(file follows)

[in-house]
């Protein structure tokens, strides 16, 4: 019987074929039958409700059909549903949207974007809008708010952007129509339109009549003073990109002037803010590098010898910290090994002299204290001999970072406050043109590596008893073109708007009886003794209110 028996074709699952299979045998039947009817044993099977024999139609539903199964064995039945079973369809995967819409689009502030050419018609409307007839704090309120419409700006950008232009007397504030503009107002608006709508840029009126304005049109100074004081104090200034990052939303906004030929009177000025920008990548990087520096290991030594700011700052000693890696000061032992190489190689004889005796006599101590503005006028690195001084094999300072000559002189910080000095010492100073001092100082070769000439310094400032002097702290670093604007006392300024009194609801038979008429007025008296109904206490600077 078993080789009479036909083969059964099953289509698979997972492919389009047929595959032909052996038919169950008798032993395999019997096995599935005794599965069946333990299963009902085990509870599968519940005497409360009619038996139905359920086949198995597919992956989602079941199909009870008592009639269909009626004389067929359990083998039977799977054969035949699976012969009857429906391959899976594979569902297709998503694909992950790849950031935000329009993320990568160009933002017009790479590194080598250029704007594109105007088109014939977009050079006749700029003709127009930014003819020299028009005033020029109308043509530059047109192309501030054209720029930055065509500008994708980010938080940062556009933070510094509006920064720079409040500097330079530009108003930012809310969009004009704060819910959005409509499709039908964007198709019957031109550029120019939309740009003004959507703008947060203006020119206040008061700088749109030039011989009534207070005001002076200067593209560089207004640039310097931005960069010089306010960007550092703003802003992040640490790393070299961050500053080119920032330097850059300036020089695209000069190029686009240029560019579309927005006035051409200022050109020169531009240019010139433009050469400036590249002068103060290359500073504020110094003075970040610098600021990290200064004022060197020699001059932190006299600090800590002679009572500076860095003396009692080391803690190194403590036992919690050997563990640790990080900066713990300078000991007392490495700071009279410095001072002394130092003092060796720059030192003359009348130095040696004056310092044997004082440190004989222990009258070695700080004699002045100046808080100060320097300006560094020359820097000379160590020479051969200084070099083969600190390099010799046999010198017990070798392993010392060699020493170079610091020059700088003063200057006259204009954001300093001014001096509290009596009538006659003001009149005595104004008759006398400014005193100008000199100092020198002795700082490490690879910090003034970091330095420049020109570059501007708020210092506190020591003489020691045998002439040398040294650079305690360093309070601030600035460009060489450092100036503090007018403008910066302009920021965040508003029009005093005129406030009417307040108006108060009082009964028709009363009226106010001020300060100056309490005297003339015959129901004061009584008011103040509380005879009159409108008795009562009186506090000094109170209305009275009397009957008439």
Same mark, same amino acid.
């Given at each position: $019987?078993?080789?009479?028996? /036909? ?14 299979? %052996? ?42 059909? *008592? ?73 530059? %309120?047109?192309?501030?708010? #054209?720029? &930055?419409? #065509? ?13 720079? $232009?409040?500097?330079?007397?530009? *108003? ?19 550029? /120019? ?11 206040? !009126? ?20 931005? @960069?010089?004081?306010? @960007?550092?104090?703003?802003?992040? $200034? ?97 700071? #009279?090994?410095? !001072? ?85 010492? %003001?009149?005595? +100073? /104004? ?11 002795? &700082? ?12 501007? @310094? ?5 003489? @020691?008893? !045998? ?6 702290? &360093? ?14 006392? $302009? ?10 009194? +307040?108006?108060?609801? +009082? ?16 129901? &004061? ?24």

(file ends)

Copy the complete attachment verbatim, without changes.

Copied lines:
[in-house]
């Protein structure tokens, strides 16, 4: 019987074929039958409700059909549903949207974007809008708010952007129509339109009549003073990109002037803010590098010898910290090994002299204290001999970072406050043109590596008893073109708007009886003794209110 028996074709699952299979045998039947009817044993099977024999139609539903199964064995039945079973369809995967819409689009502030050419018609409307007839704090309120419409700006950008232009007397504030503009107002608006709508840029009126304005049109100074004081104090200034990052939303906004030929009177000025920008990548990087520096290991030594700011700052000693890696000061032992190489190689004889005796006599101590503005006028690195001084094999300072000559002189910080000095010492100073001092100082070769000439310094400032002097702290670093604007006392300024009194609801038979008429007025008296109904206490600077 078993080789009479036909083969059964099953289509698979997972492919389009047929595959032909052996038919169950008798032993395999019997096995599935005794599965069946333990299963009902085990509870599968519940005497409360009619038996139905359920086949198995597919992956989602079941199909009870008592009639269909009626004389067929359990083998039977799977054969035949699976012969009857429906391959899976594979569902297709998503694909992950790849950031935000329009993320990568160009933002017009790479590194080598250029704007594109105007088109014939977009050079006749700029003709127009930014003819020299028009005033020029109308043509530059047109192309501030054209720029930055065509500008994708980010938080940062556009933070510094509006920064720079409040500097330079530009108003930012809310969009004009704060819910959005409509499709039908964007198709019957031109550029120019939309740009003004959507703008947060203006020119206040008061700088749109030039011989009534207070005001002076200067593209560089207004640039310097931005960069010089306010960007550092703003802003992040640490790393070299961050500053080119920032330097850059300036020089695209000069190029686009240029560019579309927005006035051409200022050109020169531009240019010139433009050469400036590249002068103060290359500073504020110094003075970040610098600021990290200064004022060197020699001059932190006299600090800590002679009572500076860095003396009692080391803690190194403590036992919690050997563990640790990080900066713990300078000991007392490495700071009279410095001072002394130092003092060796720059030192003359009348130095040696004056310092044997004082440190004989222990009258070695700080004699002045100046808080100060320097300006560094020359820097000379160590020479051969200084070099083969600190390099010799046999010198017990070798392993010392060699020493170079610091020059700088003063200057006259204009954001300093001014001096509290009596009538006659003001009149005595104004008759006398400014005193100008000199100092020198002795700082490490690879910090003034970091330095420049020109570059501007708020210092506190020591003489020691045998002439040398040294650079305690360093309070601030600035460009060489450092100036503090007018403008910066302009920021965040508003029009005093005129406030009417307040108006108060009082009964028709009363009226106010001020300060100056309490005297003339015959129901004061009584008011103040509380005879009159409108008795009562009186506090000094109170209305009275009397009957008439």
Same mark, same amino acid.
């Given at each position: $019987?078993?080789?009479?028996? /036909? ?14 299979? %052996? ?42 059909? *008592? ?73 530059? %309120?047109?192309?501030?708010? #054209?720029? &930055?419409? #065509? ?13 720079? $232009?409040?500097?330079?007397?530009? *108003? ?19 550029? /120019? ?11 206040? !009126? ?20 931005? @960069?010089?004081?306010? @960007?550092?104090?703003?802003?992040? $200034? ?97 700071? #009279?090994?410095? !001072? ?85 010492? %003001?009149?005595? +100073? /104004? ?11 002795? &700082? ?12 501007? @310094? ?5 003489? @020691?008893? !045998? ?6 702290? &360093? ?14 006392? $302009? ?10 009194? +307040?108006?108060?609801? +009082? ?16 129901? &004061? ?24």